In Chapter VIII On Taxes p. 152 Ricardo reflects on the impact of taxation and concludes:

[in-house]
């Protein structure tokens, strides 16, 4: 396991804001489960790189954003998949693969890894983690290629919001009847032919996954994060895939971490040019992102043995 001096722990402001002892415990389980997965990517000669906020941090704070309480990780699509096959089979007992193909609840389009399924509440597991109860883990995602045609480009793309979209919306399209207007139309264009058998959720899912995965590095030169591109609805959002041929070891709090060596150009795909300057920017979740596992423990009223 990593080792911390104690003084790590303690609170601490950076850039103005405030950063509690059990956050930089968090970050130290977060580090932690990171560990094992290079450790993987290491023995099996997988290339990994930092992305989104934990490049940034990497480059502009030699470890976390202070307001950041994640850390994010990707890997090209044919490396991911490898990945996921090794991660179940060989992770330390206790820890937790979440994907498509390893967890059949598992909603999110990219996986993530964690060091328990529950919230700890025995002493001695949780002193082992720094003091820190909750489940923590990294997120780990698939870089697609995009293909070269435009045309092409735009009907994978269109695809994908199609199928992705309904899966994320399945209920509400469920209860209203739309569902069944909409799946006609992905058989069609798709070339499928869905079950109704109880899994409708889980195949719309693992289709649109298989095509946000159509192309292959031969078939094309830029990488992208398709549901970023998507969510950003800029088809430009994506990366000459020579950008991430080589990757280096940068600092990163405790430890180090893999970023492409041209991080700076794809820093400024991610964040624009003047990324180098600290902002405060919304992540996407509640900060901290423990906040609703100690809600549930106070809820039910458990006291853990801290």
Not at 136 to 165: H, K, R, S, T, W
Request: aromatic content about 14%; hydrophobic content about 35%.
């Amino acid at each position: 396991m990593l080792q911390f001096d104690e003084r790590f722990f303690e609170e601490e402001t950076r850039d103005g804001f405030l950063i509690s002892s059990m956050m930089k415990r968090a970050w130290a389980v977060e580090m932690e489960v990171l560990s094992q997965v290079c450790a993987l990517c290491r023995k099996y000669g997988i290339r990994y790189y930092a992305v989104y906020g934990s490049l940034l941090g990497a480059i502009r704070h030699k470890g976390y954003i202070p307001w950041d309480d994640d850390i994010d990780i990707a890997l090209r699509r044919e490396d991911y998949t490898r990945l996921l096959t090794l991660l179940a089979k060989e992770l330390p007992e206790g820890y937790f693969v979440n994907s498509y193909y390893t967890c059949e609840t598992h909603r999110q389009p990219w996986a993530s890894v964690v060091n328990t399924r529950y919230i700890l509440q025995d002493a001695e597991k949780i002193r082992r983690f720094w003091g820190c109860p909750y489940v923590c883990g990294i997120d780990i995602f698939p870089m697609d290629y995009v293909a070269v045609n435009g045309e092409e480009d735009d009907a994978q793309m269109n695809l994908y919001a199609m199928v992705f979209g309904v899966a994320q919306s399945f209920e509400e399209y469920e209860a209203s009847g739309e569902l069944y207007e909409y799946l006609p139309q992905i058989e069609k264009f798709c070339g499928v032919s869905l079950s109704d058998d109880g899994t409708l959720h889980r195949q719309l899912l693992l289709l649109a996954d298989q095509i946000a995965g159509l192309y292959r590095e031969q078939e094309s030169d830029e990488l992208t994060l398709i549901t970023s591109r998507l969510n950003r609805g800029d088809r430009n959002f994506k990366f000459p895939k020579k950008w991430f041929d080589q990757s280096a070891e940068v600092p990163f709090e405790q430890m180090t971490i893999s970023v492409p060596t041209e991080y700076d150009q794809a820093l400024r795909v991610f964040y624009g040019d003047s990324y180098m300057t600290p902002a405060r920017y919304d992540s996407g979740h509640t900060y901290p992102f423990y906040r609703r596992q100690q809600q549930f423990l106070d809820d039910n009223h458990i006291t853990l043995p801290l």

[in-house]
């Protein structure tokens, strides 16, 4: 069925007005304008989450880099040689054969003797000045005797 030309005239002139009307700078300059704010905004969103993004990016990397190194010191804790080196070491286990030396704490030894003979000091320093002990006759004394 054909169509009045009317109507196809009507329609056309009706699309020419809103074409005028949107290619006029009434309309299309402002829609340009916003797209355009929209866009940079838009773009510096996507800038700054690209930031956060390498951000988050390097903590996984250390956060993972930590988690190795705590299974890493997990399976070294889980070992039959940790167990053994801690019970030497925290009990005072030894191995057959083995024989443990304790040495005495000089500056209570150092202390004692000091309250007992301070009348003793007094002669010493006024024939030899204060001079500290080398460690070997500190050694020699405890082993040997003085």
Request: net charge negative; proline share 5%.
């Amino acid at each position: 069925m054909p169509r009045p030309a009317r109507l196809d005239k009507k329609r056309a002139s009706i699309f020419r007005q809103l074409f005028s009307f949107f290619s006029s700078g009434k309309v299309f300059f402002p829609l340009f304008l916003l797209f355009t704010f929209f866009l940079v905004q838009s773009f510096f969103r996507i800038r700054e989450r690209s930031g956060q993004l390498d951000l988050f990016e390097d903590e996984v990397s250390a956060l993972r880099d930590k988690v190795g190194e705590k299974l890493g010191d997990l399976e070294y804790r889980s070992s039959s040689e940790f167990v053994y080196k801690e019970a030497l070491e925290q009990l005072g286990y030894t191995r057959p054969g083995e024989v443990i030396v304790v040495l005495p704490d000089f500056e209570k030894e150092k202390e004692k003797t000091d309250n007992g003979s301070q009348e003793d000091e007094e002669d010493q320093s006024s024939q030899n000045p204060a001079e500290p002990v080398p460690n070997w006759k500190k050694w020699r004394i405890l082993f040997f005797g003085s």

There are no taxes which have not a tendency to lessen the power to accumulate. All taxes must either fall on capital or revenue. If they encroach on capital, they must proportionably diminish that fund by whose extent the extent of the productive industry of the country must always be regulated; and if they fall on revenue, they must either lessen accumulation, or force the contributors to save the amount of the tax, by making a corresponding diminution of their former unproductive1 consumption of the necessaries and luxuries of life. Some taxes will produce these effects in a much greater degree than others; but the great evil of taxation is to be found, not so much in any selection of its objects, as in the general amount of its effects taken collectively.
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